Many great projector companies that market themselves specifically to K-12 promise lots of value-added customer services and warranty incentives. Hitachi is a bit different in that it has a “no lemon policy” and they also often give away a bulb upon the purchase of every projector, a marketing incentive I often see that comes in the spring due to the K-12 summer renovating season. One little known incentive that they offer, that I bring up all the time, is the Hitachi Trade-In Program for new and existing customers. Yep, even a life-long Hitachi customer can trade in their later model Hitachi projector for a brand spanking new one! Many companies in telecommunications and electronics will offer to buyout their competitor, but who else keeps buying their own old stuff to sell their newer stuff at a discount?! A business diversified in many vital world industries, that’s who! I have seen up to a few hundred dollars given back on a buyback per unit in fact. So if you are looking for a way to reduce the cost of this summer’s projector refresh take a look at Hitachi’s new line.
Recommended Classroom Projector for 2015-2016:
CP-BX301WN (release date is May 2015, picture and specs coming soon)
The CP-BX301WN is a step-up from the CP-D32WN short throw projector, which is at it’s end of life. It offers more advanced features including 2 HDMI, 10,000 hours lamp life when in Eco Mode, a 10,000:1 contrast ratio versus 3,000:1, a 10W Audio Accentualizer / HDCR and of course a wireless networking option.
**If still using the CP-D32WN you can still find the lamp for it. It is part number CT01381, and let me know if you need some.
If you happen to be changing your throw-ratio for the first time, try this projector throw distance calculator to see what you are working with virtually before scheduling an install or even a demo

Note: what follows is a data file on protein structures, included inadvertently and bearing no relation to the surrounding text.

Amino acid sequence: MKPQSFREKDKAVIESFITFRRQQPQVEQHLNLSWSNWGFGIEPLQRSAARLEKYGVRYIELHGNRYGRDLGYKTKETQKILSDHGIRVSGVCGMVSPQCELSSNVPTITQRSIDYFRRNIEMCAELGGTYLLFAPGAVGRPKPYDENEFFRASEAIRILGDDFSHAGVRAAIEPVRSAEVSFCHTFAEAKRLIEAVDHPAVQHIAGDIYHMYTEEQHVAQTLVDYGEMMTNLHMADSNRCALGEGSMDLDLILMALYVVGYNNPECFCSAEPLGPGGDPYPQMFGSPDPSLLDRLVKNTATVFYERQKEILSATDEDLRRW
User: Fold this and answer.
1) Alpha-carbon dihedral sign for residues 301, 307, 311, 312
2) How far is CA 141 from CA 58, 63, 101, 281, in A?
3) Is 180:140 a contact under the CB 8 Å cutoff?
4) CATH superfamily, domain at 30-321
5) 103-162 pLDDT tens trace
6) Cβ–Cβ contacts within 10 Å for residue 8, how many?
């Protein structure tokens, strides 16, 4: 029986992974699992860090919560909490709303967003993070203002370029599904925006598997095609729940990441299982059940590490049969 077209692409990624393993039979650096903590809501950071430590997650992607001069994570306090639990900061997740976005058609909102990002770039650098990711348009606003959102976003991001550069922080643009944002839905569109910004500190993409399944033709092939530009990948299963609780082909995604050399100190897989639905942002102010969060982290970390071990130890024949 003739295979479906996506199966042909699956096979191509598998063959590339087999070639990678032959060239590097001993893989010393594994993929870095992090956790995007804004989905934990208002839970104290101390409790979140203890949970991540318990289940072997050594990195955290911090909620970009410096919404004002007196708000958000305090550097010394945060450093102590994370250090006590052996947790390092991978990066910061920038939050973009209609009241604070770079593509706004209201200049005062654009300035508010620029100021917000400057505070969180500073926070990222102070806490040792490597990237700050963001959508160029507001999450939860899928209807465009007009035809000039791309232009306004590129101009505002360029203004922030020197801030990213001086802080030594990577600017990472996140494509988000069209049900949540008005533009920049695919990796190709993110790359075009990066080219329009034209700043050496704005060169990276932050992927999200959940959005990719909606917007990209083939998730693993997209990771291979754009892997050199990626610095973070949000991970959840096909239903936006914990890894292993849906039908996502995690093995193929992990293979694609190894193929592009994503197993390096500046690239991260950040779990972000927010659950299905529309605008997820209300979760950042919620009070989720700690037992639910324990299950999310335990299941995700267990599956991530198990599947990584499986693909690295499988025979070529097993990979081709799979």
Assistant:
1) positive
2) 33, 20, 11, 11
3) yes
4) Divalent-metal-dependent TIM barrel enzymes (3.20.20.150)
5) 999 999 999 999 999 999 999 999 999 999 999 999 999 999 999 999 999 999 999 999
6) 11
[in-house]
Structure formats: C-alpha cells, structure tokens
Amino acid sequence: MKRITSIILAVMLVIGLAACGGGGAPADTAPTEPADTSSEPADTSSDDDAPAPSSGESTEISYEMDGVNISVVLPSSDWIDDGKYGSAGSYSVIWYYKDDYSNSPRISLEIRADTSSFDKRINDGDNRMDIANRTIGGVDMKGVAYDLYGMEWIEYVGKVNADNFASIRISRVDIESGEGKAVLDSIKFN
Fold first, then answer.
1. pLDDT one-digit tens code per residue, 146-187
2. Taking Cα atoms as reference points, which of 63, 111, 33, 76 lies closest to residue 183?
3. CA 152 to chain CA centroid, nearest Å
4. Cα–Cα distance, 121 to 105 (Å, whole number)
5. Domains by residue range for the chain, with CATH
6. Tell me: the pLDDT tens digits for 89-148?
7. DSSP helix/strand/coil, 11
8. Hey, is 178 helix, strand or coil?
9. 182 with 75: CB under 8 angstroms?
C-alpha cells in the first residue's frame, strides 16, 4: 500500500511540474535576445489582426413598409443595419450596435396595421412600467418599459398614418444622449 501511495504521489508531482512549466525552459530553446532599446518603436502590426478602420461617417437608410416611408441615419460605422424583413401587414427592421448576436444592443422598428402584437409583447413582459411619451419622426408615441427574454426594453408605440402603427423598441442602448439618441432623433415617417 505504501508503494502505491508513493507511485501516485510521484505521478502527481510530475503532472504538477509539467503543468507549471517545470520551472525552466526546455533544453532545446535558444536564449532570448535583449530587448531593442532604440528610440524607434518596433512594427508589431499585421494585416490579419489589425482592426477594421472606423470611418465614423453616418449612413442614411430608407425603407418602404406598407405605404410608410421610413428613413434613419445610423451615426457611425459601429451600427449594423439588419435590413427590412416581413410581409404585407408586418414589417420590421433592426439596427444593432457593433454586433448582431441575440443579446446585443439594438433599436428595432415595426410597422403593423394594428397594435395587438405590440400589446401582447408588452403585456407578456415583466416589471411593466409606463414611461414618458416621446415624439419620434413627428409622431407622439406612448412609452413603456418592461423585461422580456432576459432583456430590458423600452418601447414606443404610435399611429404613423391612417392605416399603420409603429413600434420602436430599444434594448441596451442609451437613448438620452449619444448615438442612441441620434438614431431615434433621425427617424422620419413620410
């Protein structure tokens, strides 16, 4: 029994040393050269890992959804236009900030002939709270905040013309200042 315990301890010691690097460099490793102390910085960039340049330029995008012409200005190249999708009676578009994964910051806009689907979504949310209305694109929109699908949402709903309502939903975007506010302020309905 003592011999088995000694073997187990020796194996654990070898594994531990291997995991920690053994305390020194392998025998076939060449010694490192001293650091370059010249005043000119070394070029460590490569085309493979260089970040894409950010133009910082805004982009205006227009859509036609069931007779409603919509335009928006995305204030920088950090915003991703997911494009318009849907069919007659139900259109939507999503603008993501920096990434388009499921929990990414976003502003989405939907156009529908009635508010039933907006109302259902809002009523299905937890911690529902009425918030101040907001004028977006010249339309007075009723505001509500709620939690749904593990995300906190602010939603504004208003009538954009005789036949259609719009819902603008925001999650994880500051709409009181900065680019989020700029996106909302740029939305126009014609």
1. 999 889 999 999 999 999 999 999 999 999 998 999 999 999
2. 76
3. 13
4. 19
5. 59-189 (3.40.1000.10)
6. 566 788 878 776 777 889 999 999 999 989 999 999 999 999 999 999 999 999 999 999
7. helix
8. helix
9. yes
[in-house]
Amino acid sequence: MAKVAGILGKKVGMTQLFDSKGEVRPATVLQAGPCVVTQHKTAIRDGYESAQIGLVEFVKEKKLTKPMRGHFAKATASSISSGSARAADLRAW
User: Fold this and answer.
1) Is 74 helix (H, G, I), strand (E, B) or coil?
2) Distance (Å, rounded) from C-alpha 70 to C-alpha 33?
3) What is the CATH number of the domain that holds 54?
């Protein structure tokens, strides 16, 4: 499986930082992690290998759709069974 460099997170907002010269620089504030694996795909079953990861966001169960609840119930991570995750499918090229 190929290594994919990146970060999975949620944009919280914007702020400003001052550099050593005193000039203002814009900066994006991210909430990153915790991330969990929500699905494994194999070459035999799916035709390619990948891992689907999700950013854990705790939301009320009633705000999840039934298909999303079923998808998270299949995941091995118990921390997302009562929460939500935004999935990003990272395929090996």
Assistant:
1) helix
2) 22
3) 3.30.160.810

While being of a whole other company in the Hitachi, LTD family, the Hitachi Starboard is their line of interactive whiteboards. Many schools across America have a SMARTboard or a Promethean Board it seems, and the Starboard is no different from these manufacture’s. Many people have heard that SMART Technologies will soon be exiting the hardware market to focus solely on their software line. It’s not a bad plan seeings how their software is compatible with almost any interactive hardware specified and formatted in a program they helped code. Plus, anyone who knows anything about technology knows the largest consumer of your profits is the research and development of the hardware advancements. I personally like that Hitachi makes everything except the content you present in an interactive classroom setting. They have been in the projector business since before many of your teachers were in grade school so have that down pat. They extended the idea to interactive whiteboards the same time the “Big Guys” were introducing their versions into schools. Furthermore, Hitachi has a line of software and have been successfully developing and selling it for decades! It is safe to say they likely were developing much of these technologies before their competitors, which goes back to my first point. You would find the Starboard software and features to be comparable to your more standardized brands and Hitachi Starboard™ comes with their own customer service, separate from Hitachi America, Ltd, so their is no loss in support bandwidth.
If your school or classroom is needing a refresh in your projection hardware, I encourage you to give Hitachi a look while looking at your current standard. You can check out this all of this year’s models of Hitachi projectors to find the right one for your classroom needs. If you would like personalized assistance, need to get special pricing, or need to see what your old projector might go for on a trade-in, contact me here by email. I look forward to helping you expand your learning!
Here are some happy Hitachi customers as well: